Yesterday, while driving, I saw three dead, roadkilled opossums. The first one was lying on Route 108 as I drove to my dentist in Dover. I thought about that opossum with its 50 teeth as I was having my paltry 27 (I'm missing one) teeth cleaned. My hygienist took a lot of routine x-rays of those 27 teeth. Thank goodness I don't have the possums set of 50, as a routine cleaning would take hours.
I saw the other two dead opossums on roads in western Massachusetts as I was traveling to visit my parents. This odd, cat-sized marsupial is a relative newcomer to New England, but has adapted well to our environs, except to fast-moving cars. Opossums have narrow skulls (and thus small brains) and given their propensity to be killed on roads, some biologists consider them dumb. Yet, opossums can live about anywhere and eat about anything and were around when dinosaurs wandered the earth. Perhaps they are more intelligent than we think.
Opossums have big eyes to aid in their nocturnal wanderings. I often wonder how often all the night-time creatures run into each other -- the opossums, foxes, skunks, coyotes, fishers, and many other nocturnal mammals.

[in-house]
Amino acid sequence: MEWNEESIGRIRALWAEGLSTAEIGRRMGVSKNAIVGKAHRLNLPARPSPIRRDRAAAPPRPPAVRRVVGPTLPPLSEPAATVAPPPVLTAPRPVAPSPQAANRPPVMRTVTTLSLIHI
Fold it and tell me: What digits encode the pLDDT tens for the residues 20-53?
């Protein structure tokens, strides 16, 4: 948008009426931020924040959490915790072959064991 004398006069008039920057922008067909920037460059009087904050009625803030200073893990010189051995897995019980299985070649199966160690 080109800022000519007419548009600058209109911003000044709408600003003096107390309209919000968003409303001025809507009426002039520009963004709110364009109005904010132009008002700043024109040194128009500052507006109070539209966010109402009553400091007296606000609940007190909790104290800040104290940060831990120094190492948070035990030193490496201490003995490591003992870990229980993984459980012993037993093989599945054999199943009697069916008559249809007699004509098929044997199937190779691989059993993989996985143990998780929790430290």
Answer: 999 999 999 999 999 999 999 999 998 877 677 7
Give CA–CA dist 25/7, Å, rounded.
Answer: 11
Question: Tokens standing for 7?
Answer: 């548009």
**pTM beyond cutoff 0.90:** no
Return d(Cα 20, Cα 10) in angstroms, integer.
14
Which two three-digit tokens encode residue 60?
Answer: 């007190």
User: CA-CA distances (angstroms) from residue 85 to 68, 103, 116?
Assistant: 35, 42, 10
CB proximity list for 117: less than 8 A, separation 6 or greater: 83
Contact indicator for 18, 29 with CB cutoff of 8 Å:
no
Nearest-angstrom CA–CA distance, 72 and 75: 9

When the bee-sized young possums are born in late spring or early summer they crawl up the mother's belly and into her secure, fur-lined pouch, where they remain suckling for two months. After that they crawl out and start feeding on their own, sometimes riding on their mother's back. Few of the up to 15 in the litter survive, many don't even make it into the pouch just after birth. Yet, enough young survive to make it into adulthood to begin their own wanderings. I hope the next one I see is alive and well and gnashing its 50 teeth on some food item or another.